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Damascus: A New Hope


While the internal struggle in Damascus has been 7 years of brutal conflict leaving over 320,000 dead, people on both sides had no idea just how long and devastating the war would be.

While many hear about the horrors of the conflict, little focus has been put on just how it all happened. The conflict started in 2011 with peaceful protests calling on Bashar Al-Assad (Syrian President) to reform civil rights.

This was of course after Assad won another 7 year election term in 2014, taking 88.7% of the votes, making it the first contested presidency in Syrian history, which might come as a shock and wake up call for many from more “democratic” countries.

Behind the Curtain

It seems what stirred up much of the controversy in the Syrian Civil War in Damascus was Assad’s policies. Upon further investigation of Assad, one finds out that his rise to presidency came about because his older brother died in an alleged car crash.

In 2014 the United Nations also reported on evidence that implemented Assad in war crimes. Yet, Russia continues to back Assad and the Syrian government, while the United States is backing the rebels, occupying Syrian territory without permission, also known on the global stage as an act of war.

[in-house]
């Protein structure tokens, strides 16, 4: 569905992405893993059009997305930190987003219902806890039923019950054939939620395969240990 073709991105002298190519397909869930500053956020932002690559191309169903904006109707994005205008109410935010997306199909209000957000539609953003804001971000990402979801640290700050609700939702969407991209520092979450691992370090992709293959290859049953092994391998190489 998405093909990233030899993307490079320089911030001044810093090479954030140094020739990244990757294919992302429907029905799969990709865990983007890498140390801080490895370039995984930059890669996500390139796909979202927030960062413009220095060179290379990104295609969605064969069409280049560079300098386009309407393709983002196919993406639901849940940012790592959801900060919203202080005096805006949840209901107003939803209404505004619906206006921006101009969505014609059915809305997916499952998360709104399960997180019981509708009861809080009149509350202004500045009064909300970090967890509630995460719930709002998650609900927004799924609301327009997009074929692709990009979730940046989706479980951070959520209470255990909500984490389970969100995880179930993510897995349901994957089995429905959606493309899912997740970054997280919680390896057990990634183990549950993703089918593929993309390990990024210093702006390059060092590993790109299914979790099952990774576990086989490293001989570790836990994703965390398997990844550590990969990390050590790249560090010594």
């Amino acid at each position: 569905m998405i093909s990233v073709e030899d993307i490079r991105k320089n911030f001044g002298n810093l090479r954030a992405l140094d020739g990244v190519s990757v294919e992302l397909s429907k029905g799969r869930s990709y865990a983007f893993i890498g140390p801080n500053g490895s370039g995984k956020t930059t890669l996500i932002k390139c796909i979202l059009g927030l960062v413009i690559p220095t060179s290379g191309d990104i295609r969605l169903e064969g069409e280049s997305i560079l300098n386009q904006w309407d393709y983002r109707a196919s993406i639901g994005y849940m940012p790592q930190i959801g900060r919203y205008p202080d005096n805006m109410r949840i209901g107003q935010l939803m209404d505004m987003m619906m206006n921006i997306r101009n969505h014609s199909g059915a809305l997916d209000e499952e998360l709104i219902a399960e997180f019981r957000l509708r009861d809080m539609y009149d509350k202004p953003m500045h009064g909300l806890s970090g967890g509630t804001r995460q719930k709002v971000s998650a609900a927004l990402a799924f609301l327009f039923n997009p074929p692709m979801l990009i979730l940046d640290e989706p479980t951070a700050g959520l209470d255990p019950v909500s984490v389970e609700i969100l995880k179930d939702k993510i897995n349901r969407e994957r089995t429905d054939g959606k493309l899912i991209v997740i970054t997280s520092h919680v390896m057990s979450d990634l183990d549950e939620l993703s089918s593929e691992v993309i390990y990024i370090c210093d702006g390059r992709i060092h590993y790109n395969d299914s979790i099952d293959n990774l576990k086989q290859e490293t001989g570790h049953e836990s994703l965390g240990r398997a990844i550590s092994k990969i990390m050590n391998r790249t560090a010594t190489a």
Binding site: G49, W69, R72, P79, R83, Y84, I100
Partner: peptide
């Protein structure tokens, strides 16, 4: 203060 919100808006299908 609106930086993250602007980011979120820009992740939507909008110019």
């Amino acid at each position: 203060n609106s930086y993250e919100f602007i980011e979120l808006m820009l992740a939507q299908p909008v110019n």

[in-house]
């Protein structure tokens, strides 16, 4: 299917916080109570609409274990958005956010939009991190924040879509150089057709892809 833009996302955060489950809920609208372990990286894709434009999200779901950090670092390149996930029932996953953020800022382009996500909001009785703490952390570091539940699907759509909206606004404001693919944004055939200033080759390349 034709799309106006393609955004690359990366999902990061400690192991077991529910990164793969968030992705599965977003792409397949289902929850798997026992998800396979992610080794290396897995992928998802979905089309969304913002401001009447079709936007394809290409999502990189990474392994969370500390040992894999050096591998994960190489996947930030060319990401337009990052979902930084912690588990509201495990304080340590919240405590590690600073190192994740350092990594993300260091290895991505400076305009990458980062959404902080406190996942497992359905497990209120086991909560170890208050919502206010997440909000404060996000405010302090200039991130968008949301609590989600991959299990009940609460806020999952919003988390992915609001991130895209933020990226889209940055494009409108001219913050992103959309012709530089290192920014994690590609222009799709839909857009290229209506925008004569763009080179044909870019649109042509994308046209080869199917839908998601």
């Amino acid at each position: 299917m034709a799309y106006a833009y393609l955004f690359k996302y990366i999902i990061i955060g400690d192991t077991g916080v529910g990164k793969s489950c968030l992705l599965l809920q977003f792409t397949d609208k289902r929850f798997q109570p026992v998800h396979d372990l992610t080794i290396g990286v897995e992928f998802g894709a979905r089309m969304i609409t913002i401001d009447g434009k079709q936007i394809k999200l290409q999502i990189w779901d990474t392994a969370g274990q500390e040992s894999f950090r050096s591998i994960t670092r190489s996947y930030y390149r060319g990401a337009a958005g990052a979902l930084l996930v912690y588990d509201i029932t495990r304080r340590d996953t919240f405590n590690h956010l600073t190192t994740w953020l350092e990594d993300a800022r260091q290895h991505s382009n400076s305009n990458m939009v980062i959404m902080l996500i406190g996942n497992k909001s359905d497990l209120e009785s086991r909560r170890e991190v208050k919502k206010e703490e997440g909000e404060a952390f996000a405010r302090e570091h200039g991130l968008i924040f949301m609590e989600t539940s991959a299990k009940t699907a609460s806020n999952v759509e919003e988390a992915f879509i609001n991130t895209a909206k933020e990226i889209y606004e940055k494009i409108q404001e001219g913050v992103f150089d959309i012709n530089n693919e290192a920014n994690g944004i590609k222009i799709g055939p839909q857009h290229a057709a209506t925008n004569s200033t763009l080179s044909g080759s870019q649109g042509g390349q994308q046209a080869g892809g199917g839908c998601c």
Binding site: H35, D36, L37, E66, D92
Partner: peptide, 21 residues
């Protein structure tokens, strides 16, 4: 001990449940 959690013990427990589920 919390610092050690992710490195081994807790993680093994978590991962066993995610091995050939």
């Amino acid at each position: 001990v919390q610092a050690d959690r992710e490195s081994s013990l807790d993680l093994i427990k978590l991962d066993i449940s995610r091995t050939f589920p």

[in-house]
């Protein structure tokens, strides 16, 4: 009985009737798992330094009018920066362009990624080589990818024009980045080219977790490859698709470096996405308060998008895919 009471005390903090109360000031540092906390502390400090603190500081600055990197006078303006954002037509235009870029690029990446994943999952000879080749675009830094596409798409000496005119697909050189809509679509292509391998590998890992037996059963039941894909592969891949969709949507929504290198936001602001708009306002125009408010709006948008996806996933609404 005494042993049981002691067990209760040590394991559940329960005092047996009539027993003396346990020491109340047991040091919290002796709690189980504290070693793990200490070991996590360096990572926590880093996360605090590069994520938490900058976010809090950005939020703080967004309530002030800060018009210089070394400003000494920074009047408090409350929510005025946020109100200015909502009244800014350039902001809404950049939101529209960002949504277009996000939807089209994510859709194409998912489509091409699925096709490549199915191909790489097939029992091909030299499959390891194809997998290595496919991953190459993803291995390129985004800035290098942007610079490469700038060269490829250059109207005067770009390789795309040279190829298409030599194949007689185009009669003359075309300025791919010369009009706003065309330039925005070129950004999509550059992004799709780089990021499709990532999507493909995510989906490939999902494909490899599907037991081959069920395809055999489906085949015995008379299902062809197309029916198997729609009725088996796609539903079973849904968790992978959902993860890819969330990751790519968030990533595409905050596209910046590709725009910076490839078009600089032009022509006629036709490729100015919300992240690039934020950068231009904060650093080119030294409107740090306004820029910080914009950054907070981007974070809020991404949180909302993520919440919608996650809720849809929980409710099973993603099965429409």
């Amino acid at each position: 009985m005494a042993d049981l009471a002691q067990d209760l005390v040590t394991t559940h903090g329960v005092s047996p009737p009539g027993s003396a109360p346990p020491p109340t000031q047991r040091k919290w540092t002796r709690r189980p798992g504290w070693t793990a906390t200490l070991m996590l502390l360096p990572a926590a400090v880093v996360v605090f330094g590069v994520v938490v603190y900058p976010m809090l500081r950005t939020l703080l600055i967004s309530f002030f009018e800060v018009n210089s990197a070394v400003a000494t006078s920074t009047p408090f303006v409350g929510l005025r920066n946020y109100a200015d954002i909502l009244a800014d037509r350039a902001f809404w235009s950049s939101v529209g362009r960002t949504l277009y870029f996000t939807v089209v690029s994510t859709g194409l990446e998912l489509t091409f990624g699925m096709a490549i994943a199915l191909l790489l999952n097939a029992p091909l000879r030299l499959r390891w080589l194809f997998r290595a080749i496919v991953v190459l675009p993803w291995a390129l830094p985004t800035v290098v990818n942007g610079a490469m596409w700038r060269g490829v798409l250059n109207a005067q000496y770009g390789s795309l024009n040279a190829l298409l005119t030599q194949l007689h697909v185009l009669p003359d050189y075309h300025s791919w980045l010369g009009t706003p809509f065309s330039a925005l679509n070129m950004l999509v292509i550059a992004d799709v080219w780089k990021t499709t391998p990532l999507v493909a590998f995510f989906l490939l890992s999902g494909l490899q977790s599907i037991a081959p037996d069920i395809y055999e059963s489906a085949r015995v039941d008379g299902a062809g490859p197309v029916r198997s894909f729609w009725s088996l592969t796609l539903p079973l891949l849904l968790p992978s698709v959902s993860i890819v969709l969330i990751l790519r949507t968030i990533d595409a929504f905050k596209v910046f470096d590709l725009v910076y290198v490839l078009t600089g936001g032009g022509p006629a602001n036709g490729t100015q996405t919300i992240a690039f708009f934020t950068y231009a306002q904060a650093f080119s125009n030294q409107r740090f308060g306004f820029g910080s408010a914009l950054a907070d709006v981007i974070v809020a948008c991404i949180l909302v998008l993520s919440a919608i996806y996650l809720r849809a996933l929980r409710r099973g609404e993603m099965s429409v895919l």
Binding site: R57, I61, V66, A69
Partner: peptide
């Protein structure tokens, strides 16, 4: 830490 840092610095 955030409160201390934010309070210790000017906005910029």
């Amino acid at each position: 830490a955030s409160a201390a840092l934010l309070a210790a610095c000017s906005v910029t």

Why Damascus?

So the real question isn’t how the bombs are flying, but why? What are these big players the US and Russia so interested in Damascus for?

Well it turns out that there are currently two countries in the world that don’t trade in petrodollars, the US hated Iran, and Syria.

petro motivations in Damascus

Anutik/GettyImages

According to Daily Kos, “If these two countries joined forces, got Venezuela on their side, maybe a few other countries, and then made an economic treaty with the BRICS nations, an acronym for Brazil, Russia, India, China, and South Africa, to buy their oil in a currency other than the US dollar, the economy would collapse.”

So as usual it seems that there is an underlying interest here. This also brings in to question whether the UN is interested in freedom for Syrians and civil rights, or control of the global economy?

The Good News

While this all sounds bad from every angle, recently there has been a scale-back of military involvement from all parties in recent months.

Damascus peace talks

Sean Gallup/GettyImages

Turkey has entered peace talks with Syria and Trump doesn’t seem to have any more vested interest in the conflict, which may mean the long war is finally coming to a close.

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